DR Congo rebels seize Goma airport, move on city

November 20, 2012 9:23 am


A DR Congo M23 rebel soldier walks past a South African UN peacekeepers’ base on the outskirts of Goma on November 19/AFP
GOMA, DR Congo, Nov 20 – Rebels in DR Congo on Tuesday seized the airport in Goma and were moving toward the centre of the main city in the mineral-rich east of the country, according to the UN and witnesses.

“The airport is under the control of the M23,” a United Nations official said on condition of anonymity, referring to the rebel group of former soldiers who mutinied in April, setting off the latest cycle of violence in the chronically unstable area.

A column of rebel fighters was seen heading from the airport toward Goma proper, several kilometres away, according to an AFP photographer on the scene.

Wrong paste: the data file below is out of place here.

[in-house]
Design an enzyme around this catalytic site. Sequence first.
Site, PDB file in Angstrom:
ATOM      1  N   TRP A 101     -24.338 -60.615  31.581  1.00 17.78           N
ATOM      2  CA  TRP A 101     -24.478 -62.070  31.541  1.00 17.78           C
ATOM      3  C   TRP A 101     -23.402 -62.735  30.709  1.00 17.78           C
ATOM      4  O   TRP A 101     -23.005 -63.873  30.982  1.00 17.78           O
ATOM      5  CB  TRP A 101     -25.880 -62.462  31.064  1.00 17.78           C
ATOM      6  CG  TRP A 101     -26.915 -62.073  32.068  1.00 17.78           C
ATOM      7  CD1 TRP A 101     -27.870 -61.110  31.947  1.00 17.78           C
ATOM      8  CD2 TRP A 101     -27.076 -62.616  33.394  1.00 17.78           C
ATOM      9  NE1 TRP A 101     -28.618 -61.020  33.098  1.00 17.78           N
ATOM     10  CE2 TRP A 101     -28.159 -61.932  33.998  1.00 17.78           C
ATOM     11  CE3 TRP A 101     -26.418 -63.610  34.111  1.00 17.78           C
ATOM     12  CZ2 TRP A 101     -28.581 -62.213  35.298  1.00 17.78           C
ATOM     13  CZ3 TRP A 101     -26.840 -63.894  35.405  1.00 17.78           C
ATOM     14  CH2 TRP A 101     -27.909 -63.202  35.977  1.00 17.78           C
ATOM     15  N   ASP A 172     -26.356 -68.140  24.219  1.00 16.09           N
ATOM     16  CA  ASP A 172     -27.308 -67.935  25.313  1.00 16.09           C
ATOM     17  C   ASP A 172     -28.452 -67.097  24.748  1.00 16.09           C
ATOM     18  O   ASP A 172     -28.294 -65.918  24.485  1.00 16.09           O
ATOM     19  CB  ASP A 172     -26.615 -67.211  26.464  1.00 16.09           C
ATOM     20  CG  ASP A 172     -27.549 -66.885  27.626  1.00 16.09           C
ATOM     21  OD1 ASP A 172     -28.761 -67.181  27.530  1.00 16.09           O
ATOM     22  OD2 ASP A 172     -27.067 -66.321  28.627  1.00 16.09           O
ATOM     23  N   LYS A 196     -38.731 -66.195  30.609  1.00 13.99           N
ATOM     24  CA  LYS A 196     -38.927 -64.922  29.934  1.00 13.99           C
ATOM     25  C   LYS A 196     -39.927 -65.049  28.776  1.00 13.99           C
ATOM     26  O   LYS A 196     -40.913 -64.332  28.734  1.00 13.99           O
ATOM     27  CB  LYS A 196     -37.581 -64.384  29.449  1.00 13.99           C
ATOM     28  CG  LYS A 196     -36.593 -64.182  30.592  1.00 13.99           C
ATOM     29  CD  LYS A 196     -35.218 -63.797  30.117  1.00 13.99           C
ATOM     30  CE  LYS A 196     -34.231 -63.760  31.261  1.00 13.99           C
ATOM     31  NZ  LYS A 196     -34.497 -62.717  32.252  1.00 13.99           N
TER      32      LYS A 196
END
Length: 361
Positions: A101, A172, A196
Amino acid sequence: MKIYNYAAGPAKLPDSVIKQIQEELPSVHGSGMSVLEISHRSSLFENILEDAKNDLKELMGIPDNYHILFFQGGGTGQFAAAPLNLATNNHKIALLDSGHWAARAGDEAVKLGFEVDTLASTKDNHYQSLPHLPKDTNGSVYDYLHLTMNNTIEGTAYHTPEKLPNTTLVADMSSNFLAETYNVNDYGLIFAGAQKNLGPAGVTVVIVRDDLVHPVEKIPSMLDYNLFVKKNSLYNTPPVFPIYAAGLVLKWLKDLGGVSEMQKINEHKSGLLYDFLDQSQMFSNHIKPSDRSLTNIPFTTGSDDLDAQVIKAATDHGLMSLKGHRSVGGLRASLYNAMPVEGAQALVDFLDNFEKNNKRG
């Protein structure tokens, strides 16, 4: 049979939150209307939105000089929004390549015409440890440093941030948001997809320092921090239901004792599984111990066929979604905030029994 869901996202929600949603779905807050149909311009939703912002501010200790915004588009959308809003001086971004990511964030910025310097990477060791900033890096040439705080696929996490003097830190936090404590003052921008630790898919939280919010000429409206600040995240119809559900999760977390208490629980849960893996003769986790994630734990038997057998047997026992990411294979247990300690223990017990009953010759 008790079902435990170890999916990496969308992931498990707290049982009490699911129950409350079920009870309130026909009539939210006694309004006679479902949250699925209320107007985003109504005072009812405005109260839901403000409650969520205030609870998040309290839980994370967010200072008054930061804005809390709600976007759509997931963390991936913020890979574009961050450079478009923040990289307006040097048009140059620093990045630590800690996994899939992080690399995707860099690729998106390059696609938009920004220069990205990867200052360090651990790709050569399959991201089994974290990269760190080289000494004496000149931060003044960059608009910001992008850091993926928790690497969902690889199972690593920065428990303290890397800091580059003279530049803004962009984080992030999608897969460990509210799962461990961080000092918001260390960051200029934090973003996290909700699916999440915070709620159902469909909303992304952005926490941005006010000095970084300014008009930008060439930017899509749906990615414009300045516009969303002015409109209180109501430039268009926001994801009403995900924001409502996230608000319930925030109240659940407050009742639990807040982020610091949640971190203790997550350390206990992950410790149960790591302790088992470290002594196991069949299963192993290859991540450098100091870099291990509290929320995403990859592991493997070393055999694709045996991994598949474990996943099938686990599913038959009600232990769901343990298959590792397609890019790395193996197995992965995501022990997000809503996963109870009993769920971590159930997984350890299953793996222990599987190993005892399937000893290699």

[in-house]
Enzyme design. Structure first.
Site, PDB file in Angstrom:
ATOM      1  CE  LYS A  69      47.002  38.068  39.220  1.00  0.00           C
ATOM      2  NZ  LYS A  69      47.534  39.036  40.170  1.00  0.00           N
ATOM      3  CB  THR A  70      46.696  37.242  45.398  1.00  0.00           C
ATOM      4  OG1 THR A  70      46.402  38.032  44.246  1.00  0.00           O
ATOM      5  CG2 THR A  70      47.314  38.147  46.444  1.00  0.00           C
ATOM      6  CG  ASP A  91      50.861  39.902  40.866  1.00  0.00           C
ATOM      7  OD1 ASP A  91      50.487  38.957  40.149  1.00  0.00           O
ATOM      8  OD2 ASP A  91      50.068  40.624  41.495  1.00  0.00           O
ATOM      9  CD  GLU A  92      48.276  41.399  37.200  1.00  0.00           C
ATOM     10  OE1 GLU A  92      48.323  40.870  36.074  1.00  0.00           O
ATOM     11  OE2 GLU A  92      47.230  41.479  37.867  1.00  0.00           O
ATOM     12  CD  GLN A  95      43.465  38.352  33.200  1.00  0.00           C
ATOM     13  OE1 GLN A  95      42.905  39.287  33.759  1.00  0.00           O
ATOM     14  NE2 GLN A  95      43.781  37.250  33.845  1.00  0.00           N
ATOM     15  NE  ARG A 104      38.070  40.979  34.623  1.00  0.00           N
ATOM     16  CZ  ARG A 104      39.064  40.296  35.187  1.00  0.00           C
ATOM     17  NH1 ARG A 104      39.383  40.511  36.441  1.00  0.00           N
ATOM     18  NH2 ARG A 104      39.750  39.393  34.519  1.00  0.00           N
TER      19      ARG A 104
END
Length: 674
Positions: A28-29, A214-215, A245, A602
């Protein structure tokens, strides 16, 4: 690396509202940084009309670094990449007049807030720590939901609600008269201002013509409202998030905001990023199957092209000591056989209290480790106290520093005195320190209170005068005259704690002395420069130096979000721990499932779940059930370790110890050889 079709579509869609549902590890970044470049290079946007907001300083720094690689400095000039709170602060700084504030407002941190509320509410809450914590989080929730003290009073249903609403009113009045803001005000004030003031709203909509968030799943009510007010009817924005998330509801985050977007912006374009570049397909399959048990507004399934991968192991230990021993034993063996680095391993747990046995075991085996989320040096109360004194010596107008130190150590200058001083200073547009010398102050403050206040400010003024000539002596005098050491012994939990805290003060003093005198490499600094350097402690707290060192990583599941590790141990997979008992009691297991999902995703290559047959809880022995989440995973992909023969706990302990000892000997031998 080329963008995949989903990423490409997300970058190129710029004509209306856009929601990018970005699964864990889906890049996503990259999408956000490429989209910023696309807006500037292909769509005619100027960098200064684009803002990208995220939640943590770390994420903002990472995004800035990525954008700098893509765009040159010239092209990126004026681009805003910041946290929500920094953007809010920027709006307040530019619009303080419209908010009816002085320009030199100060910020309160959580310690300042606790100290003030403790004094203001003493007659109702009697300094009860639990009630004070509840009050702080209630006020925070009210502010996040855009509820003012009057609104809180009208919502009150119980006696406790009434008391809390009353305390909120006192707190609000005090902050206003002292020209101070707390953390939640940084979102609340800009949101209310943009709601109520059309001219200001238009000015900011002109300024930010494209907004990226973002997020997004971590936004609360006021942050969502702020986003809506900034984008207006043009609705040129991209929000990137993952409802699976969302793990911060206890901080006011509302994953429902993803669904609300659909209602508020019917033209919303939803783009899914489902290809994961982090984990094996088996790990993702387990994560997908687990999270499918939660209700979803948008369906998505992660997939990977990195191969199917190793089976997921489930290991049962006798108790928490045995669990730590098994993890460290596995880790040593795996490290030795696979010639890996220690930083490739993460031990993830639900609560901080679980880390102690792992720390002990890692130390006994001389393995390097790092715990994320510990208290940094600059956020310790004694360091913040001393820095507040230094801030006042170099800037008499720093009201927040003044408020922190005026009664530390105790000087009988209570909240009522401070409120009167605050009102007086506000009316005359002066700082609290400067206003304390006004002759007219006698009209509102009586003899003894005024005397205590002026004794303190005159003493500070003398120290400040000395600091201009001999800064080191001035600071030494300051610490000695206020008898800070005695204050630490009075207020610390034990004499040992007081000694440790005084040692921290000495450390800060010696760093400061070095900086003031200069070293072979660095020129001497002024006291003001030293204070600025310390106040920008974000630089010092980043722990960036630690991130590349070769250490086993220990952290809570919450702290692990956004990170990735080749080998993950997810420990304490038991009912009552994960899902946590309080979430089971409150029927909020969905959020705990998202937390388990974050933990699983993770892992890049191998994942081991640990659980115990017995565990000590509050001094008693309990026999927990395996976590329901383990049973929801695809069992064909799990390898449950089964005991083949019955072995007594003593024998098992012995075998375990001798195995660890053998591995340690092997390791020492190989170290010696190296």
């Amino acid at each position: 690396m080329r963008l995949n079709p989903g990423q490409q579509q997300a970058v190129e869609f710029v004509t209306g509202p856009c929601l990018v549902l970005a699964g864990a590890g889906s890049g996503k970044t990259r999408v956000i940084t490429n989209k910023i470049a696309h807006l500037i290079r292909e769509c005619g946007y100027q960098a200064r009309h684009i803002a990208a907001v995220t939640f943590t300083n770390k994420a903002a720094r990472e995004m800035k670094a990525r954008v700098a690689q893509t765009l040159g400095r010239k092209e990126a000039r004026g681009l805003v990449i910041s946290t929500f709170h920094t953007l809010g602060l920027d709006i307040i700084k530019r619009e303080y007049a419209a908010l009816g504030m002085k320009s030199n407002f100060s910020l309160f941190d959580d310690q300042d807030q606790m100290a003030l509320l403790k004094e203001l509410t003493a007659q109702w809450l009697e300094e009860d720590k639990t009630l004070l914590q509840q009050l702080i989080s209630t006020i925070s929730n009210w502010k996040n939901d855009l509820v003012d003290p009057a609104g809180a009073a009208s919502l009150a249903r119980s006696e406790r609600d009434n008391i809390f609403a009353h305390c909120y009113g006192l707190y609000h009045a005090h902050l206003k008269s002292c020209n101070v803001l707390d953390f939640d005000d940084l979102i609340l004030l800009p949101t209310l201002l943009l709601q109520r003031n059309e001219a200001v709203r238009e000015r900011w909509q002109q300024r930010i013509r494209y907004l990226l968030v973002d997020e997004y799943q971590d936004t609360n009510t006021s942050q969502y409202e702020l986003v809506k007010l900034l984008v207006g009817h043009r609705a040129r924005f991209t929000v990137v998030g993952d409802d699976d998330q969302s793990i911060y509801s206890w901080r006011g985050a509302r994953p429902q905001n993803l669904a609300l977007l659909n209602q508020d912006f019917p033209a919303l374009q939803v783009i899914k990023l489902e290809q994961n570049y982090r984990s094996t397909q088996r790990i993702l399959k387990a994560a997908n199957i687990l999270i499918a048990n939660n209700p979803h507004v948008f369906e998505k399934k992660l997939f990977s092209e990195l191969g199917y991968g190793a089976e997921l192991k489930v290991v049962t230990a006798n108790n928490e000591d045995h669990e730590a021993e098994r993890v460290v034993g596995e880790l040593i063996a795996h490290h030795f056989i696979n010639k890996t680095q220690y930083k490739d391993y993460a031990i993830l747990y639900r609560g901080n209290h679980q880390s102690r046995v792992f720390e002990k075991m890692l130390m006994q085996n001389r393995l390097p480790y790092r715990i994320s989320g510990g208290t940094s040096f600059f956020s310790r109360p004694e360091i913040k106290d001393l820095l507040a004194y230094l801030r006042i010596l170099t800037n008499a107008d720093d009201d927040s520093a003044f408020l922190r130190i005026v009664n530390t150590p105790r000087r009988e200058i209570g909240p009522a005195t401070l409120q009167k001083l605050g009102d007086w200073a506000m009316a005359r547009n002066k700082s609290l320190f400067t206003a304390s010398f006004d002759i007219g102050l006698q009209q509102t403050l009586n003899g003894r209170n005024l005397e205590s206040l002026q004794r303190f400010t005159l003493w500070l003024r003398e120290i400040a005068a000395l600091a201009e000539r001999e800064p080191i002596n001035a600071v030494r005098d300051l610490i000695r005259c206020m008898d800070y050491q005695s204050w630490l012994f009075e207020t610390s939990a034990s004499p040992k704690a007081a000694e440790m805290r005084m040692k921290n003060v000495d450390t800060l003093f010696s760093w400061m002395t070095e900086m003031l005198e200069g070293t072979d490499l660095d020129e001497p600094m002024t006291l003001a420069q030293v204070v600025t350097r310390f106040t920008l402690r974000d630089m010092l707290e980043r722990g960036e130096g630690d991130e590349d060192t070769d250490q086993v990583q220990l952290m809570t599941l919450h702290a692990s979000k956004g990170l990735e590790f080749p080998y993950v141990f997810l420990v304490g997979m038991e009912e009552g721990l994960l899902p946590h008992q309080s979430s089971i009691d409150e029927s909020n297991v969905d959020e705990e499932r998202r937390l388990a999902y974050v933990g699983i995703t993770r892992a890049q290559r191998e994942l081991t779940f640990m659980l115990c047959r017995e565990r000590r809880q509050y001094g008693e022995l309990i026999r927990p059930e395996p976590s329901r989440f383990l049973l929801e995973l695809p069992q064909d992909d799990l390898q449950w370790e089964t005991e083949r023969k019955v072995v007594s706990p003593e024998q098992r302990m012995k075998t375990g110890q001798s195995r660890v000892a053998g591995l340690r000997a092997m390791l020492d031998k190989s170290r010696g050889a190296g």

Loud explosions shook the area and there were reports of looting.

The city of 300,000 is the regional capital and currently is also sheltering tens of thousands of refugees who have fled the clashes.

The international community has raised alarm about the fighting, which has sparked fears of a wider regional conflict in the region.

The UN accuses neighbouring Rwanda and Uganda of backing the rebels, charges both countries deny.

Washington has warned the fighting was “an extremely dangerous and worrying situation” and the EU, Britain and France have also raised alarm.

The latest round of fighting erupted last week after the US and the UN slapped sanctions on the leader of the M23.

The rebels have said they plan to fight the DR Congo government “until it falls”, and the United Nations warned they have a real possibility of capturing Goma.

The UN has some 1,500 “quick reaction” peacekeepers in Goma, part of some 6,700 troops in the Nord Kivu province, backing government forces against the rebels.

Aid agencies have evacuated staff from the city and the UN had planned to remove non-essential personnel on Tuesday.

On Monday Kinshasa rejected the rebels ultimatum for direct talks within 24 hours, calling it “irrational rantings.”

“We prefer to negotiate with Rwanda, the real aggressor,” government spokesman Lambert Mende told AFP.

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